13. ## Re: ESR of Electrolytic capacitors with same value and different voltage rating

Should we care about capacitor ESR above SRF, in other words when the capacitor isn't working as a capacitor any more? Usually we don't.

14. ## Re: ESR of Electrolytic capacitors with same value and different voltage rating

If high frequency currents are flowing in the capacitor at any frequency, those currents will cause heating due to the I2R losses. Whether we care or not will depend on the magnitude of those losses, and how they fit into the thermal budget. We might still need a low ESR above the SRF.

15. ## Re: ESR of Electrolytic capacitors with same value and different voltage rating

I'm not saying that the ESR curve is absolutely flat, but you said that it's "...not even a bit flat." You were, of course, referring to pjmelect's unfortunate choice of a frequency range that went all the way down to zero hertz. It's quite true that the curve is not even approximately flat over that range, but it is reasonably flat for some electrolytics if the sweep only goes down to 50 Hz. I show an example above where it is NOT even reasonably flat when the sweep starts at 50 Hz, and in the other post where it IS reasonably flat.
When I was designing my ESR meter I wanted to know what effect that frequency would have on the measurement of the ESR, I do not have access to any fancy equipment so I had to measure the ESR with a signal generator and series resistor along with a little bit of maths. I only tried a few capacitors which gave similar results, I tried 10hz as my lowest frequency and on the resulting graph I naturally extended the line to zero. I found that the ESR was essentially flat from my lowest measurement to around 150Khz within the measurement accuracy of my setup, which admittedly was not that great, above this frequency the ESR reduced significantly up to 1-2Mhz where the inductance of the capacitor started causing strange effects. I was using square waves to do this as that is what my ESR meter used, but I did try sine waves, which made little difference to the ESR.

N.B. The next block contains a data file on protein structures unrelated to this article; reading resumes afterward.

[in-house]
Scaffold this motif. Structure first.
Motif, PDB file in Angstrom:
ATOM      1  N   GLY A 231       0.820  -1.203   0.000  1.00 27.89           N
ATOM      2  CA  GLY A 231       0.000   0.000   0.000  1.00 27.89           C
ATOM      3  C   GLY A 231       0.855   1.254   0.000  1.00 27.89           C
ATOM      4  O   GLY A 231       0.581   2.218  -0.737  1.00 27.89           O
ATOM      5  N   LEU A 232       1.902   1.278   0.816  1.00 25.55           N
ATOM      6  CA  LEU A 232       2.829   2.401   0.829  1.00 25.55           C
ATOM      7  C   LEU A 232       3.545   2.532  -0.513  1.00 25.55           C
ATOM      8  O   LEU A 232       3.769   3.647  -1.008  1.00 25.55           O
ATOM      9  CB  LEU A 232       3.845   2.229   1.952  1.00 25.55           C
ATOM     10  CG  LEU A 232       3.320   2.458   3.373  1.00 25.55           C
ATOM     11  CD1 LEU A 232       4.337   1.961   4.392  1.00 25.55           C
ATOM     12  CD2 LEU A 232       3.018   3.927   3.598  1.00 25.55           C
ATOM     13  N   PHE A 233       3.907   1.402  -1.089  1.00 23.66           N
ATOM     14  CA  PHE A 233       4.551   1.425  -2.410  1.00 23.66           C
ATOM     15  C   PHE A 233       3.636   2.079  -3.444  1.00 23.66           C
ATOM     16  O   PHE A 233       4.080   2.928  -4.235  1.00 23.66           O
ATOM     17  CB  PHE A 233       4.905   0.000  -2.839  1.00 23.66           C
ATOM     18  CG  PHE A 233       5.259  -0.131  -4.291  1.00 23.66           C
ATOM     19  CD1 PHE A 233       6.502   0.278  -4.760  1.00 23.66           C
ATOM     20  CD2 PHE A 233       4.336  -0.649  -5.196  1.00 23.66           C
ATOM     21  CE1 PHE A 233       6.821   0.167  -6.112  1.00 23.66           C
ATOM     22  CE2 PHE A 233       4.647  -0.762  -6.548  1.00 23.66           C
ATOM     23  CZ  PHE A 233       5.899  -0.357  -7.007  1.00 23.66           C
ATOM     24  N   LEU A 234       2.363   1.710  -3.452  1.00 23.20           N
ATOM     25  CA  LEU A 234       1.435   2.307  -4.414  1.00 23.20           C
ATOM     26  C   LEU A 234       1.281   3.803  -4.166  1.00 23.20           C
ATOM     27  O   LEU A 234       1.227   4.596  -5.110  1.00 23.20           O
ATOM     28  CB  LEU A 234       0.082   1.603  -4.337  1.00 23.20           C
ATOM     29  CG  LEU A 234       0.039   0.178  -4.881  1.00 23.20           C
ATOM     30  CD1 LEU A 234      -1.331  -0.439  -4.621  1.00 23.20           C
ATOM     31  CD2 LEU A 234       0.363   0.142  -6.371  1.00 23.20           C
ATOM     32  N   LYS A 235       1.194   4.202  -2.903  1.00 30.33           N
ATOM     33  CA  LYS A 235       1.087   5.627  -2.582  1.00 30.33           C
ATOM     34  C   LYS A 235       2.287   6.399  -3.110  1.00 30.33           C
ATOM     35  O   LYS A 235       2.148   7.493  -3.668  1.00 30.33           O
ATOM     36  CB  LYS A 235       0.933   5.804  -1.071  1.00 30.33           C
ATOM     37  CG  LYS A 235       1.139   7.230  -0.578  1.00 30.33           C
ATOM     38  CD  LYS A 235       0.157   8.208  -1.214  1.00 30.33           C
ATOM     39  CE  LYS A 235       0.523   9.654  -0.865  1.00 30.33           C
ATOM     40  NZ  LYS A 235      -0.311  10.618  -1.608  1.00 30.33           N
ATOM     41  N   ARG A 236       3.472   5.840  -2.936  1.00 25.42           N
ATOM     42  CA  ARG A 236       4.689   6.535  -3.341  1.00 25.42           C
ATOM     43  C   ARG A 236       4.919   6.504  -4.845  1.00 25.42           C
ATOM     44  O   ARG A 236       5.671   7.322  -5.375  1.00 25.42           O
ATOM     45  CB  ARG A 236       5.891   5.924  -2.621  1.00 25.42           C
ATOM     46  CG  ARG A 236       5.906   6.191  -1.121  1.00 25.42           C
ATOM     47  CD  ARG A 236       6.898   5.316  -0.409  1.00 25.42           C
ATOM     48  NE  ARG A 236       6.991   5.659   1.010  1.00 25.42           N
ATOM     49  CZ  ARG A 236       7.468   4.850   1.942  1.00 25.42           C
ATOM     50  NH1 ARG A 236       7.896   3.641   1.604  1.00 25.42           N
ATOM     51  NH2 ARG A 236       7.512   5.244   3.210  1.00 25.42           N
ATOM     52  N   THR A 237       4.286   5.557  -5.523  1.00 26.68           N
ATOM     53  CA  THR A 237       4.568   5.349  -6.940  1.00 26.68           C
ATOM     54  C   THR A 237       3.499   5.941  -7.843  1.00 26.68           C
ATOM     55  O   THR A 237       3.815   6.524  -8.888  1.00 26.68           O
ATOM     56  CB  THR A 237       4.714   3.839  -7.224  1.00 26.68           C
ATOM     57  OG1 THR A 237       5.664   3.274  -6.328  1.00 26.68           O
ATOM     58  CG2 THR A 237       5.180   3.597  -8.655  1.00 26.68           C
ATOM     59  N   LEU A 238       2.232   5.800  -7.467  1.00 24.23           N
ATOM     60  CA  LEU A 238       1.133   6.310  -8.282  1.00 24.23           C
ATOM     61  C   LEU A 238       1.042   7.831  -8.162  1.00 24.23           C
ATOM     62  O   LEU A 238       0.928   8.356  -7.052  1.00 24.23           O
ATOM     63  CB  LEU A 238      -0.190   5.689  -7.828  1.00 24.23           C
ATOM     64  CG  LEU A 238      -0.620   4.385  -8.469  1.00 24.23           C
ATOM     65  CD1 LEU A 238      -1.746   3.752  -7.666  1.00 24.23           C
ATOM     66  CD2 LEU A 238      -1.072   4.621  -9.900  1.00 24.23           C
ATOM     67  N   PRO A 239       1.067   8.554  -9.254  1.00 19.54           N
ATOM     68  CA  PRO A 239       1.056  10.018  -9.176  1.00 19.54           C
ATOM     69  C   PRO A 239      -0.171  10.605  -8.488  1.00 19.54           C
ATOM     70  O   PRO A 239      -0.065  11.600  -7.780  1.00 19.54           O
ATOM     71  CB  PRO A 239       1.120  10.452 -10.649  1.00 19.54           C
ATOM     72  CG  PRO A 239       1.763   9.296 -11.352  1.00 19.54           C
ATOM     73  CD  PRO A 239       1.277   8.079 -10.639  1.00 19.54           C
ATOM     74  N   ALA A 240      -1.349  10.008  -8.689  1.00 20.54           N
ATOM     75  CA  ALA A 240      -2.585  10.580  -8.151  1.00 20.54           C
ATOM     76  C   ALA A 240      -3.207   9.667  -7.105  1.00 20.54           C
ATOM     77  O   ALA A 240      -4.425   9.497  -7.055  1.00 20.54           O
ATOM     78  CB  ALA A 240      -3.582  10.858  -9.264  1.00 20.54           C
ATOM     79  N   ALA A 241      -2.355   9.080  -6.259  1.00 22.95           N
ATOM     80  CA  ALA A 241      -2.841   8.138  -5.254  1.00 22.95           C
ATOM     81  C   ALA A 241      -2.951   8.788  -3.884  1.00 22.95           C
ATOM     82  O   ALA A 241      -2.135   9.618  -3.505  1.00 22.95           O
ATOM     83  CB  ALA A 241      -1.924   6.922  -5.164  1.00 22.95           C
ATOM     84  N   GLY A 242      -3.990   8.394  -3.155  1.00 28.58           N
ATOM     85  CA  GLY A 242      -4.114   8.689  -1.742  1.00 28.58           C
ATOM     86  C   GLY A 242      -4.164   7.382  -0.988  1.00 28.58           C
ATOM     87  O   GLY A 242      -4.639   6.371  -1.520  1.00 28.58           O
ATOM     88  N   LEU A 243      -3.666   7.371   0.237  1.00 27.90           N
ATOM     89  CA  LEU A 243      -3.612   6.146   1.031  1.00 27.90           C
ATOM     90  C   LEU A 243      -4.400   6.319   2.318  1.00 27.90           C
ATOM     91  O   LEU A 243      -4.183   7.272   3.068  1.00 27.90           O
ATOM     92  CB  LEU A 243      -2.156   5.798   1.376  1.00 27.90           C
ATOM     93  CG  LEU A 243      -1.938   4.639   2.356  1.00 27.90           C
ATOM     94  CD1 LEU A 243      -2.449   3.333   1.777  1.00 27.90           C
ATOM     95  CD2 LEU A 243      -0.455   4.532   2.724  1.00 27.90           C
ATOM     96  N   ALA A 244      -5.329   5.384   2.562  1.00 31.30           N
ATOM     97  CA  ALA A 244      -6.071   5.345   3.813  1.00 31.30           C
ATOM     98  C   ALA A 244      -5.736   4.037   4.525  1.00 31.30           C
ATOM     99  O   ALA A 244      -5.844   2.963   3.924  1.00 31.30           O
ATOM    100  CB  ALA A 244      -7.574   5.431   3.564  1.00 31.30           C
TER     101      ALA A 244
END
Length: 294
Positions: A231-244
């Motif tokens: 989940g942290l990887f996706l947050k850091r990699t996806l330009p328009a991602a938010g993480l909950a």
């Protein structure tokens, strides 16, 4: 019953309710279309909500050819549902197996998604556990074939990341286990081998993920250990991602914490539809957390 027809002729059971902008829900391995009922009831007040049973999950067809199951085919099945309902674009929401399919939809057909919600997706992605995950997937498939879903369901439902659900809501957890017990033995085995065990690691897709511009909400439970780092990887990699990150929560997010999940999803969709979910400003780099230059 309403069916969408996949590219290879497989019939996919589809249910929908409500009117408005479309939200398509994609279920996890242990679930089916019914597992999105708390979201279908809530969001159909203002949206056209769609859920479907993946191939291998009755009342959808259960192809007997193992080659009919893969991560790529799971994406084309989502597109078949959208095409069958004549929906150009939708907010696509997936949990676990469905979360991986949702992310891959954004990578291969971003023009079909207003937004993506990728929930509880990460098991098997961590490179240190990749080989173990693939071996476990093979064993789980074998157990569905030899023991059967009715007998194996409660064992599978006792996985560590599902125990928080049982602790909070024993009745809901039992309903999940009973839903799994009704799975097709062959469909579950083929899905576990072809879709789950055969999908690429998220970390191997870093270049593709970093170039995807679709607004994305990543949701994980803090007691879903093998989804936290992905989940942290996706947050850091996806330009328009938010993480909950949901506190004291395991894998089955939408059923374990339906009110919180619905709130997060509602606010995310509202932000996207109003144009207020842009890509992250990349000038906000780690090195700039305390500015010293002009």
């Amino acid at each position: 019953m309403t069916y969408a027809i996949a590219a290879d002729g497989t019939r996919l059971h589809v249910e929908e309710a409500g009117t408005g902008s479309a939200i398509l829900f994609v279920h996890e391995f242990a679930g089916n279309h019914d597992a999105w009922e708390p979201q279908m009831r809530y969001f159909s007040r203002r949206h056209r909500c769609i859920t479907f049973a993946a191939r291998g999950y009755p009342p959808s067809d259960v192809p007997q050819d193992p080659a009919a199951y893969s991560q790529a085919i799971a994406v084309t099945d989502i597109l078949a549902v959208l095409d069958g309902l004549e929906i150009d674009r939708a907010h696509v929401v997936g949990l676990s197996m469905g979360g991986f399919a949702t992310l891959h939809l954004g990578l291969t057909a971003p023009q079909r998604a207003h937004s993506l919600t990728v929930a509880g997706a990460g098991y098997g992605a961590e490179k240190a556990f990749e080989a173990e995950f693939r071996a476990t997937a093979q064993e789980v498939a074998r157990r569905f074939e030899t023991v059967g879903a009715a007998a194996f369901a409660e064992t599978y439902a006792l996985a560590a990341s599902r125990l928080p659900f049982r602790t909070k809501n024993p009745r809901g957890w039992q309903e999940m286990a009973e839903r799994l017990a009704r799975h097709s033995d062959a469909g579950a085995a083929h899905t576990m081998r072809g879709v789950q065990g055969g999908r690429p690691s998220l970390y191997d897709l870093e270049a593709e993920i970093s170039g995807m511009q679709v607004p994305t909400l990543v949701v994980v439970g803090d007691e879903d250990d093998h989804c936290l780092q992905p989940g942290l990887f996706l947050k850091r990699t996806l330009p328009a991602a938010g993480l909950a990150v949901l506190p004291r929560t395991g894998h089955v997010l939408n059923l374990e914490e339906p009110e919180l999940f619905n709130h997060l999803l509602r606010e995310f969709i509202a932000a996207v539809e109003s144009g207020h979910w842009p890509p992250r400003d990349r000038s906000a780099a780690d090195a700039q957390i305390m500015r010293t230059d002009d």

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16. ## Re: ESR of Electrolytic capacitors with same value and different voltage rating

What was the principle of operation of your ESR meter? Kripton2035 lists a lot of designs:

http://kripton2035.free.fr/esr-repository.html

Can you find your mode of operation among those? If so, can you provide a link to the one similar to what you did?

17. ## Re: ESR of Electrolytic capacitors with same value and different voltage rating

The ESR meter I designed was simply a micro controlled version of my bench lash up of a 4.7R resistor in series with the capacitor under test with the square wave generation and the measurement, calculation and display done by a PIC micro. I built it as a tool to help me fault find power supplies. It measures the ESR and is a good low resistance meter. It only puts 100mV across the capacitor under test so that you can measure the ESR of the capacitor in circuit. I chose a frequency of 70Khz so that a 0.1uF capacitor in parallel with the capacitor under tests low ESR would not mask the ESR of the electrolytic under test. Although it works well as a ESR meter I am still trying to figure a better way to measure the capacitance of the capacitor as well as the ESR as I currently measure the reactance of the capacitor at different frequencies, which is a poor way to measure a capacitors value particularly if it has high ESR.